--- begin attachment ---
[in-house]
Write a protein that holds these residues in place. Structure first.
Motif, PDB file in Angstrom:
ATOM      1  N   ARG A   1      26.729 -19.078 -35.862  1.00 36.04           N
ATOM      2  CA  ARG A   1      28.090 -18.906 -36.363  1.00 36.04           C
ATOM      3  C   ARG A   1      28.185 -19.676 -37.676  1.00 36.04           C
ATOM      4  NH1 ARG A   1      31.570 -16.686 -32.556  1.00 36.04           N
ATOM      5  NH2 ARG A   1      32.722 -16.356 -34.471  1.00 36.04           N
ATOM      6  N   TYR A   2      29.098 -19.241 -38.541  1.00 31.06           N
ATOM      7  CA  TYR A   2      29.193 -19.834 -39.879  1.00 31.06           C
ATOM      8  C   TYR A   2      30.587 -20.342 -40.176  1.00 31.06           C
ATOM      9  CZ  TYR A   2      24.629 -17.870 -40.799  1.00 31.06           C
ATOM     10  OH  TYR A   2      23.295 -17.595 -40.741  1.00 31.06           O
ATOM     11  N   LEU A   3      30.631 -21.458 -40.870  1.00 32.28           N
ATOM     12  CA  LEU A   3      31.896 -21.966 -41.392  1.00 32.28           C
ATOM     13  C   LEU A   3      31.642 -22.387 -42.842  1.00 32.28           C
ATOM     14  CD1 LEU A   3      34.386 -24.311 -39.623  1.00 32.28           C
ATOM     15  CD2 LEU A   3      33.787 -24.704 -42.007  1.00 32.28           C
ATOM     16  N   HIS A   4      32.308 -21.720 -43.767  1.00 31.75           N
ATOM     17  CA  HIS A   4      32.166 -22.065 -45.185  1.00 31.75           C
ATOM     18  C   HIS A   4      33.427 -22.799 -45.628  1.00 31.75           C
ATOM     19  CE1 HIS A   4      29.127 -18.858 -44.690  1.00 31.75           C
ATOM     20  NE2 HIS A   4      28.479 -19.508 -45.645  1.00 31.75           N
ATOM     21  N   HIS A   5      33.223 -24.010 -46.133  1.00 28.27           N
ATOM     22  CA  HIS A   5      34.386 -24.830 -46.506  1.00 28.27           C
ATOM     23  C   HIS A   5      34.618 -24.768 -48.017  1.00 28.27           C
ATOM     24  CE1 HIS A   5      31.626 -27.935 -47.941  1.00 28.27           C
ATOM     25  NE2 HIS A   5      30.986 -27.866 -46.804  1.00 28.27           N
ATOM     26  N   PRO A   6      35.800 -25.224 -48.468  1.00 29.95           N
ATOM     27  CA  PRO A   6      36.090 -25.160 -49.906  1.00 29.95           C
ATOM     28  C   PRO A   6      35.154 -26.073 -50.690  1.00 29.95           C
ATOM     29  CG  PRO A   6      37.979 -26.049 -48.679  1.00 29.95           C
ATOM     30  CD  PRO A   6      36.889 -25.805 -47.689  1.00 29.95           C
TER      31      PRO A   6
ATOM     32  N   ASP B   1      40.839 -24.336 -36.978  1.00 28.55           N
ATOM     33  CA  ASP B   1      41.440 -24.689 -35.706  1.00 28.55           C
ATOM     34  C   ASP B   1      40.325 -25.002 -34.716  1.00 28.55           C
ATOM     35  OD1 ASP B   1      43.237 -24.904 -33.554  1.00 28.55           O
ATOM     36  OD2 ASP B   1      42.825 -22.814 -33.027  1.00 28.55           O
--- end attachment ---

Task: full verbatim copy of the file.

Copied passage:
[in-house]
Write a protein that holds these residues in place. Structure first.
Motif, PDB file in Angstrom:
ATOM      1  N   ARG A   1      26.729 -19.078 -35.862  1.00 36.04           N
ATOM      2  CA  ARG A   1      28.090 -18.906 -36.363  1.00 36.04           C
ATOM      3  C   ARG A   1      28.185 -19.676 -37.676  1.00 36.04           C
ATOM      4  NH1 ARG A   1      31.570 -16.686 -32.556  1.00 36.04           N
ATOM      5  NH2 ARG A   1      32.722 -16.356 -34.471  1.00 36.04           N
ATOM      6  N   TYR A   2      29.098 -19.241 -38.541  1.00 31.06           N
ATOM      7  CA  TYR A   2      29.193 -19.834 -39.879  1.00 31.06           C
ATOM      8  C   TYR A   2      30.587 -20.342 -40.176  1.00 31.06           C
ATOM      9  CZ  TYR A   2      24.629 -17.870 -40.799  1.00 31.06           C
ATOM     10  OH  TYR A   2      23.295 -17.595 -40.741  1.00 31.06           O
ATOM     11  N   LEU A   3      30.631 -21.458 -40.870  1.00 32.28           N
ATOM     12  CA  LEU A   3      31.896 -21.966 -41.392  1.00 32.28           C
ATOM     13  C   LEU A   3      31.642 -22.387 -42.842  1.00 32.28           C
ATOM     14  CD1 LEU A   3      34.386 -24.311 -39.623  1.00 32.28           C
ATOM     15  CD2 LEU A   3      33.787 -24.704 -42.007  1.00 32.28           C
ATOM     16  N   HIS A   4      32.308 -21.720 -43.767  1.00 31.75           N
ATOM     17  CA  HIS A   4      32.166 -22.065 -45.185  1.00 31.75           C
ATOM     18  C   HIS A   4      33.427 -22.799 -45.628  1.00 31.75           C
ATOM     19  CE1 HIS A   4      29.127 -18.858 -44.690  1.00 31.75           C
ATOM     20  NE2 HIS A   4      28.479 -19.508 -45.645  1.00 31.75           N
ATOM     21  N   HIS A   5      33.223 -24.010 -46.133  1.00 28.27           N
ATOM     22  CA  HIS A   5      34.386 -24.830 -46.506  1.00 28.27           C
ATOM     23  C   HIS A   5      34.618 -24.768 -48.017  1.00 28.27           C
ATOM     24  CE1 HIS A   5      31.626 -27.935 -47.941  1.00 28.27           C
ATOM     25  NE2 HIS A   5      30.986 -27.866 -46.804  1.00 28.27           N
ATOM     26  N   PRO A   6      35.800 -25.224 -48.468  1.00 29.95           N
ATOM     27  CA  PRO A   6      36.090 -25.160 -49.906  1.00 29.95           C
ATOM     28  C   PRO A   6      35.154 -26.073 -50.690  1.00 29.95           C
ATOM     29  CG  PRO A   6      37.979 -26.049 -48.679  1.00 29.95           C
ATOM     30  CD  PRO A   6      36.889 -25.805 -47.689  1.00 29.95           C
TER      31      PRO A   6
ATOM     32  N   ASP B   1      40.839 -24.336 -36.978  1.00 28.55           N
ATOM     33  CA  ASP B   1      41.440 -24.689 -35.706  1.00 28.55           C
ATOM     34  C   ASP B   1      40.325 -25.002 -34.716  1.00 28.55           C
ATOM     35  OD1 ASP B   1      43.237 -24.904 -33.554  1.00 28.55           O
ATOM     36  OD2 ASP B   1      42.825 -22.814 -33.027  1.00 28.55           O